NVIDIA RTX 4090 12VHPWR Failures Explained: Manufacturing Defect Plus Improper Connector Insertion

GamersNexus has discovered the most likely reasons behind the melting of the 12VHPWR connectors powering the GeForce RTX 4090. The diagnosis is simpler than you’d expect from a seemingly complex problem: Foreign object debris. These organic particles left behind during manufacturing or operation are the principal culprit behind this crisis. According to the lab working with GN, the synced current passing through this debris would have exceeded its current carrying capacity, which melted and deposited the material at the location we see below:

The round hinge is supposed to keep the connector plugged, while the rectangular edge is just an extremity not made for rigorous current. If a higher parallel resister continues to pass through the deposited FOD (Foreign Object Debris), the connector pins and socket would get hotter and hotter due to the dissipated power and, eventually, melt both.

There are a few things to note here. The damage could also be caused by improper connections, something you wouldn’t notice even if the GPU was running well and the socket was or “looked” fully inserted.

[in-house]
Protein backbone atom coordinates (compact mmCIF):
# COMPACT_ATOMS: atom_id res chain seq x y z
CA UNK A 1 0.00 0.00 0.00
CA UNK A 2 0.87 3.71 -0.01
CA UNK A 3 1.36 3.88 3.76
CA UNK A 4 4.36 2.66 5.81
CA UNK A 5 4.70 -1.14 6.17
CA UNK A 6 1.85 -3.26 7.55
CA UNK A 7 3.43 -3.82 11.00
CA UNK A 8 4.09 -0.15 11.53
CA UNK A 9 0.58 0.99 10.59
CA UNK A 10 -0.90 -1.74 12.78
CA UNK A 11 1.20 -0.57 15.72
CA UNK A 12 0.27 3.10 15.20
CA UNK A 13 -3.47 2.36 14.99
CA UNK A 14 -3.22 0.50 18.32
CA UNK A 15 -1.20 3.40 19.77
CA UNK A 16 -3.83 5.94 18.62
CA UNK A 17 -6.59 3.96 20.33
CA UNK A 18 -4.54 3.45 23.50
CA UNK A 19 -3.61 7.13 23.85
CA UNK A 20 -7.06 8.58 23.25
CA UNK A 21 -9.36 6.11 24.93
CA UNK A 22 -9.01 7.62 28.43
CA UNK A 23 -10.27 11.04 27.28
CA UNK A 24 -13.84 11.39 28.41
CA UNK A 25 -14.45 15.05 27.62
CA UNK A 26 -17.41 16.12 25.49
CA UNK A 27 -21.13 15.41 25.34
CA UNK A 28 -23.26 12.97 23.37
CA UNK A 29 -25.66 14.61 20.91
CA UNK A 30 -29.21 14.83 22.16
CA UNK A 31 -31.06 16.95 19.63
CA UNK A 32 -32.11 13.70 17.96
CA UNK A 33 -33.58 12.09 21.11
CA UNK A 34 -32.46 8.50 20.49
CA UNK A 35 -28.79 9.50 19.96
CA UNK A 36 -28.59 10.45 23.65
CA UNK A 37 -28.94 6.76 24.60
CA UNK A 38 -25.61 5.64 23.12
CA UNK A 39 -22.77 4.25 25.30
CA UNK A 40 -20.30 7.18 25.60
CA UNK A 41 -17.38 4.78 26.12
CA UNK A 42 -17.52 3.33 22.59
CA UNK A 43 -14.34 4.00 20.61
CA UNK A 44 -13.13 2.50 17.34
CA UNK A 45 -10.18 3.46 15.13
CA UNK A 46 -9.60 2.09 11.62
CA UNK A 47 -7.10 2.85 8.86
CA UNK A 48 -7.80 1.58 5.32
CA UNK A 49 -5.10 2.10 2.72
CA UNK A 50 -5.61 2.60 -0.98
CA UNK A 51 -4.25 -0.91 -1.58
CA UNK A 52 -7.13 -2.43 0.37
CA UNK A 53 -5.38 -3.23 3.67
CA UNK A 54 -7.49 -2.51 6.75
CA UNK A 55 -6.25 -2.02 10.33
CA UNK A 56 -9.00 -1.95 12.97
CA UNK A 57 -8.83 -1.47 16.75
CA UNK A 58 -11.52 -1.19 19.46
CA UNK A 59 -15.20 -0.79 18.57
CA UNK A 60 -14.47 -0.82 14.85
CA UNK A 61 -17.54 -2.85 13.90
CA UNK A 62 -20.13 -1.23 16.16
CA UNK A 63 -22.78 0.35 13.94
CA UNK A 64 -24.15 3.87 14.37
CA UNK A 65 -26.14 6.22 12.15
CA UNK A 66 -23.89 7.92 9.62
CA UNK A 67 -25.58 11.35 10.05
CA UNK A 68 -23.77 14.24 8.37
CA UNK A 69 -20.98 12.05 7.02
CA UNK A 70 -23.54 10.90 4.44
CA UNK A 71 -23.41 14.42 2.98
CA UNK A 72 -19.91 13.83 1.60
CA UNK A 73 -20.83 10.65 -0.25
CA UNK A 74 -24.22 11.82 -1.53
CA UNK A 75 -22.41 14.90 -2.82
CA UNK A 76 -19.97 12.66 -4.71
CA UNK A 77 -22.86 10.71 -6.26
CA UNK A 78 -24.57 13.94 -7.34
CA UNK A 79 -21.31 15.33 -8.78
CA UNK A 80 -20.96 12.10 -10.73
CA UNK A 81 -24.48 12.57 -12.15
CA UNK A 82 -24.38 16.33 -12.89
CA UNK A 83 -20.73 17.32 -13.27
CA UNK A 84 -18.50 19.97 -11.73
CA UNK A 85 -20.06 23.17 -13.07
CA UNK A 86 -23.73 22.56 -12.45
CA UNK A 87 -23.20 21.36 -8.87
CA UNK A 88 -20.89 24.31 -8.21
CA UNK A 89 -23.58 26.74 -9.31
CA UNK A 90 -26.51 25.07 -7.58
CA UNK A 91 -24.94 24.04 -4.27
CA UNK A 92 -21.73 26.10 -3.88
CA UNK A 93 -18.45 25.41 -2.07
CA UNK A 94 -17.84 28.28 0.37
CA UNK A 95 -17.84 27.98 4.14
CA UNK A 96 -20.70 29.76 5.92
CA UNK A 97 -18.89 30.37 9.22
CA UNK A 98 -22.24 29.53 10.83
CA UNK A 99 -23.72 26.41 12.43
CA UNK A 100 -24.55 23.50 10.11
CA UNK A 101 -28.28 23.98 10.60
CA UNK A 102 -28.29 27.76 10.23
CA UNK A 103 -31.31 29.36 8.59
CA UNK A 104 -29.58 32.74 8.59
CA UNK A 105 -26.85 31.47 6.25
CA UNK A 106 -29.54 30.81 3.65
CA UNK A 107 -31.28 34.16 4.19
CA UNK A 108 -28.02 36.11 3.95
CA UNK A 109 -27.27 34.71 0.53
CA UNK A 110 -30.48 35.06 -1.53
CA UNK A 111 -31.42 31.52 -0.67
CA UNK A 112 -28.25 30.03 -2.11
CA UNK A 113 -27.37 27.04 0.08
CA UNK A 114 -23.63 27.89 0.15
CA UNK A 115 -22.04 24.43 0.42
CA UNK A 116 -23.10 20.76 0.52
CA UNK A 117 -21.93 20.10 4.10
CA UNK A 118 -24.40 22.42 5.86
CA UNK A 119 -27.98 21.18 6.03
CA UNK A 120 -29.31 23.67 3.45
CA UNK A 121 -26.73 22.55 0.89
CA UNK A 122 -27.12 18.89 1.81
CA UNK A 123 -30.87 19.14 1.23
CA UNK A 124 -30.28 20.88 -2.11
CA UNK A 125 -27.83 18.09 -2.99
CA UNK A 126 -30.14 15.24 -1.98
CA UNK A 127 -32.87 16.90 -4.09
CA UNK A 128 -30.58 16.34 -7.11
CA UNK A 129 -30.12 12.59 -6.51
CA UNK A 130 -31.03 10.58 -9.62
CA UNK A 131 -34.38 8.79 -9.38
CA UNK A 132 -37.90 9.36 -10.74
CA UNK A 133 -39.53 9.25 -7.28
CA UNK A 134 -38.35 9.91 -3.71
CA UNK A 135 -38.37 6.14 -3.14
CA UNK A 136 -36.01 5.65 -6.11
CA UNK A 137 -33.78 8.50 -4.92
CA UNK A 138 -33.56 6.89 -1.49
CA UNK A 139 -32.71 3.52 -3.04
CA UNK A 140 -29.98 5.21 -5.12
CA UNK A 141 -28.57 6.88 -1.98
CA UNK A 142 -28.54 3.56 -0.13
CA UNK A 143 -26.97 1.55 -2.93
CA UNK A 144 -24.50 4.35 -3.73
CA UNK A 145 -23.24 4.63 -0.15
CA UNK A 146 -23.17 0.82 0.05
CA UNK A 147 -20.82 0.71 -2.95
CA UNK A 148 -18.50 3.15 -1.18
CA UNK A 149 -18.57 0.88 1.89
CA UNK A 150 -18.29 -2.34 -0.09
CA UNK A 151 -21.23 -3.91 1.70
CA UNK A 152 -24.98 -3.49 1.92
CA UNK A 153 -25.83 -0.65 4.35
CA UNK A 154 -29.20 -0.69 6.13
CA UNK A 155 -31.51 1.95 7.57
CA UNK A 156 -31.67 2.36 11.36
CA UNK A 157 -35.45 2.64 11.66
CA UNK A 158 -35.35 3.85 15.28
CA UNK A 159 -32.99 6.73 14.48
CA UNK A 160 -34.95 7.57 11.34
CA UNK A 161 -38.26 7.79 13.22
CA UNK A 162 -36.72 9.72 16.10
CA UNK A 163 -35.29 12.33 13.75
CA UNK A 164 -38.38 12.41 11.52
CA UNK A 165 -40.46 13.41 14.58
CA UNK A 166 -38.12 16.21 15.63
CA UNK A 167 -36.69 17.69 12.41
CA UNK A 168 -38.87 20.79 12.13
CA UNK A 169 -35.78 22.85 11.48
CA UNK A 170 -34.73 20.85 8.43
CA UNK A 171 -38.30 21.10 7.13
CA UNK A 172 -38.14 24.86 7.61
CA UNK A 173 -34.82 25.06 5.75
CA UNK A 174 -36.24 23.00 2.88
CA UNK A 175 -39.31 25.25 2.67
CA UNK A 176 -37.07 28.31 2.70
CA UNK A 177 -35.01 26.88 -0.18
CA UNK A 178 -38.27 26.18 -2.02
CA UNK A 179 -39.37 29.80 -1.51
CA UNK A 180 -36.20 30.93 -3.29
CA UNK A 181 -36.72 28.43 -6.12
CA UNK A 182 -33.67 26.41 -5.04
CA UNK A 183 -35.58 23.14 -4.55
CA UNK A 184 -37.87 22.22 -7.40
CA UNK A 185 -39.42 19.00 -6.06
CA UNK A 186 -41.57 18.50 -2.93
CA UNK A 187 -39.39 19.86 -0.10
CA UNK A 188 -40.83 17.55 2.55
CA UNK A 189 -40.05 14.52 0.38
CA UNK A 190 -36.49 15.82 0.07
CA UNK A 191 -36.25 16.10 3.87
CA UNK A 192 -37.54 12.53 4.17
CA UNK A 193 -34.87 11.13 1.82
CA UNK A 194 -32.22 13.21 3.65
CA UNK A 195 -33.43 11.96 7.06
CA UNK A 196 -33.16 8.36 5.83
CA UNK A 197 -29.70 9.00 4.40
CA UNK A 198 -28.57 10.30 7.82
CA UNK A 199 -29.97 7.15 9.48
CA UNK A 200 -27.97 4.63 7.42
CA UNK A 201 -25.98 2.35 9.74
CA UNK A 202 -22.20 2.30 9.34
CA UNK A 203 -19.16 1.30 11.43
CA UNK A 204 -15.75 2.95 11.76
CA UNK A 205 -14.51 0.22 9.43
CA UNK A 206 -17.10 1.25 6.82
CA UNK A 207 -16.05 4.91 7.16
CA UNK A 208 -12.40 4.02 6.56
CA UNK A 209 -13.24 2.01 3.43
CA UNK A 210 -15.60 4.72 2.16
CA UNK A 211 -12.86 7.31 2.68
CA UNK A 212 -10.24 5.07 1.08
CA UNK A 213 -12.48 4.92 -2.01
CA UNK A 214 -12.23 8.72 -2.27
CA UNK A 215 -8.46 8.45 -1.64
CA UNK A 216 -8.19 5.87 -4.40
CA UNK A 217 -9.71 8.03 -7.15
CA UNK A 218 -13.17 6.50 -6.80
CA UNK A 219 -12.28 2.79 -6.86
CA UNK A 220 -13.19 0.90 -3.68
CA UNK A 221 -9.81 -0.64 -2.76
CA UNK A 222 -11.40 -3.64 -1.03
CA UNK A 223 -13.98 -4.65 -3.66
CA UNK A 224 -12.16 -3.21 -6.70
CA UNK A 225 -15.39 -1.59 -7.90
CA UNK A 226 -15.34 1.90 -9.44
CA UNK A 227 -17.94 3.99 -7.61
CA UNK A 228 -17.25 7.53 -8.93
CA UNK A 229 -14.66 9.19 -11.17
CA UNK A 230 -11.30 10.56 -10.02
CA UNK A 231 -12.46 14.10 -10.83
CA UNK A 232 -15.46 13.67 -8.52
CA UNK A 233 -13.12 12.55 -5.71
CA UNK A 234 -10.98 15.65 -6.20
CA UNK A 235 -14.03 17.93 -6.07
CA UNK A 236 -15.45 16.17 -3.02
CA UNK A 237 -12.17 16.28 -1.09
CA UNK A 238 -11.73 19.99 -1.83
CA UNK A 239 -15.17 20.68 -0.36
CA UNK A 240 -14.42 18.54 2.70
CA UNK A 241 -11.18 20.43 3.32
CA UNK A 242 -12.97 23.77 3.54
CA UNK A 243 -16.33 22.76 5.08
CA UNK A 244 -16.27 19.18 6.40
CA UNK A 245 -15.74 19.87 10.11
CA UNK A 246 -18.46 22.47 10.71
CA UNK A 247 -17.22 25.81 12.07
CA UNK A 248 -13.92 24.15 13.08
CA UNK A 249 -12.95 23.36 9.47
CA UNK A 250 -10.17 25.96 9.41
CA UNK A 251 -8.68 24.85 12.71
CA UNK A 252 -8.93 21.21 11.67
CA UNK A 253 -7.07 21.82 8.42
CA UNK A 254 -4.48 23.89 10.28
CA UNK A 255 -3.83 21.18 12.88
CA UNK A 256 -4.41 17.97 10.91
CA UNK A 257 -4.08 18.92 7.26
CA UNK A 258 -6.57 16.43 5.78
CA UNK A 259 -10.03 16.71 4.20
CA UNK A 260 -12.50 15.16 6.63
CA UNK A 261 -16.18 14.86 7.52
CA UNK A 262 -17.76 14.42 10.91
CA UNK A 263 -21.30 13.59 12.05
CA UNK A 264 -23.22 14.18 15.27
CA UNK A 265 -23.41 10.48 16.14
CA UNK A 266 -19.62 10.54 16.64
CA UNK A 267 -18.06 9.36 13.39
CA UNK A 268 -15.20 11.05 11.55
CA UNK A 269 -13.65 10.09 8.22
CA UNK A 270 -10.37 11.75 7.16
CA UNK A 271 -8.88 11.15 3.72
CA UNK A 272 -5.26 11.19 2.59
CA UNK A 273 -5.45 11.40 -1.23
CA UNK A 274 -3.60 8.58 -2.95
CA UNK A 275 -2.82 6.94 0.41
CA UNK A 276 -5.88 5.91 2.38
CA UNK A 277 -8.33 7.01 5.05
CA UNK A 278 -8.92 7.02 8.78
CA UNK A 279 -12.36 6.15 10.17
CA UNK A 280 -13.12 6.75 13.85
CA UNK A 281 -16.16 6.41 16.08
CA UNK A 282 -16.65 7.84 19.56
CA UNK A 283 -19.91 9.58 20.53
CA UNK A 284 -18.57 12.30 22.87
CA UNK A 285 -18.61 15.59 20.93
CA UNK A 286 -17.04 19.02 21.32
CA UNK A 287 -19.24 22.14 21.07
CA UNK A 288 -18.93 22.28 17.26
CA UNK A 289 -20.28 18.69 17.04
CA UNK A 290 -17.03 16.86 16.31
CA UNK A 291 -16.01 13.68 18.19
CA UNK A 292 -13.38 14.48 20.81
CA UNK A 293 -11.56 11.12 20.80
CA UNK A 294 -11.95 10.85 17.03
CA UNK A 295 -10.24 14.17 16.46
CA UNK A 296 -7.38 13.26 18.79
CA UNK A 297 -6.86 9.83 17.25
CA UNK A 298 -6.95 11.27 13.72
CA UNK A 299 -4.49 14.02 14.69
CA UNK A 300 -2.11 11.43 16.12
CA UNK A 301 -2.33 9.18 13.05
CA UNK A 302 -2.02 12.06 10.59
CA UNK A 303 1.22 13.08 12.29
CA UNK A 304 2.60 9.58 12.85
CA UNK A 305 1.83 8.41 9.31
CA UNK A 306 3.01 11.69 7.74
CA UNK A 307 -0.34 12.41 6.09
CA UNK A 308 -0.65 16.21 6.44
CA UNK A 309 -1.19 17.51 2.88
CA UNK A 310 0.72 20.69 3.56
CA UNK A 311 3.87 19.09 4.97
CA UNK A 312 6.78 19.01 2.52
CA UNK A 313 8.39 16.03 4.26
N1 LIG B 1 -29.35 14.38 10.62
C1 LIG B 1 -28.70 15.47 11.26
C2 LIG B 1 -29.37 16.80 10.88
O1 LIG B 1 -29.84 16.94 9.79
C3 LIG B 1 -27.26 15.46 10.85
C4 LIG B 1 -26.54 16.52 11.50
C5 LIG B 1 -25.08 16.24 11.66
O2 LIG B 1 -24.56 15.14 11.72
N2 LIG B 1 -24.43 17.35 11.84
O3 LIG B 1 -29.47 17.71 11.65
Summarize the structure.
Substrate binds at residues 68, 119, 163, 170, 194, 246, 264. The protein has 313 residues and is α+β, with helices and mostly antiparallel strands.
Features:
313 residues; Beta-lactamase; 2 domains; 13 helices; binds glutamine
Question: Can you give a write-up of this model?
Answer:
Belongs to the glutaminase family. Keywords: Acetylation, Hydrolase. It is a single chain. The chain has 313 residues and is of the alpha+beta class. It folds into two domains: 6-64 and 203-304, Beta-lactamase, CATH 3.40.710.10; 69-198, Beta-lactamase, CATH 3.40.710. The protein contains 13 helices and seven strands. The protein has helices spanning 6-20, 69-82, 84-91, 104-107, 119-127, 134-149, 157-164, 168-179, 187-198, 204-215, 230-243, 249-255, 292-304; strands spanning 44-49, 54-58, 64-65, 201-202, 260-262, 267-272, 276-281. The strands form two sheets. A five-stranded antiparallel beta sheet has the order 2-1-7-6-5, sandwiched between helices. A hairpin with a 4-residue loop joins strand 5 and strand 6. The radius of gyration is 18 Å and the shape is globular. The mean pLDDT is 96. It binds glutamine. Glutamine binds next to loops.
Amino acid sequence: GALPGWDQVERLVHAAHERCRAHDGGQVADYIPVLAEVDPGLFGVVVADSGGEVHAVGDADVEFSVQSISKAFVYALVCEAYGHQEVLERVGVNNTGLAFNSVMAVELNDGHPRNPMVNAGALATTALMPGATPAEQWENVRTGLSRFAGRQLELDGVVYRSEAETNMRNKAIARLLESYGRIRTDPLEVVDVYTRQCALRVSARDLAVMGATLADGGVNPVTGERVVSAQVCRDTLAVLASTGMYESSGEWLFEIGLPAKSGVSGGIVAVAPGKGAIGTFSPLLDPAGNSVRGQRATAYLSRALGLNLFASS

In the above image, GN highlights that pressure on the cables could easily pull out the connector or lead to a loose connection, leading to thermal damage. On the bright side, if this is any consolation, this incident is nowhere as widespread as the internet would have you believe. As per rough calculations, only 0.1% of users have had to deal with this issue.



Computer hardware enthusiast, PC gamer, and almost an engineer. Former co-founder of Techquila (2017-2019), a fairly successful tech outlet. Been working on Hardware Times since 2019, an outlet dedicated to computer hardware and its applications.
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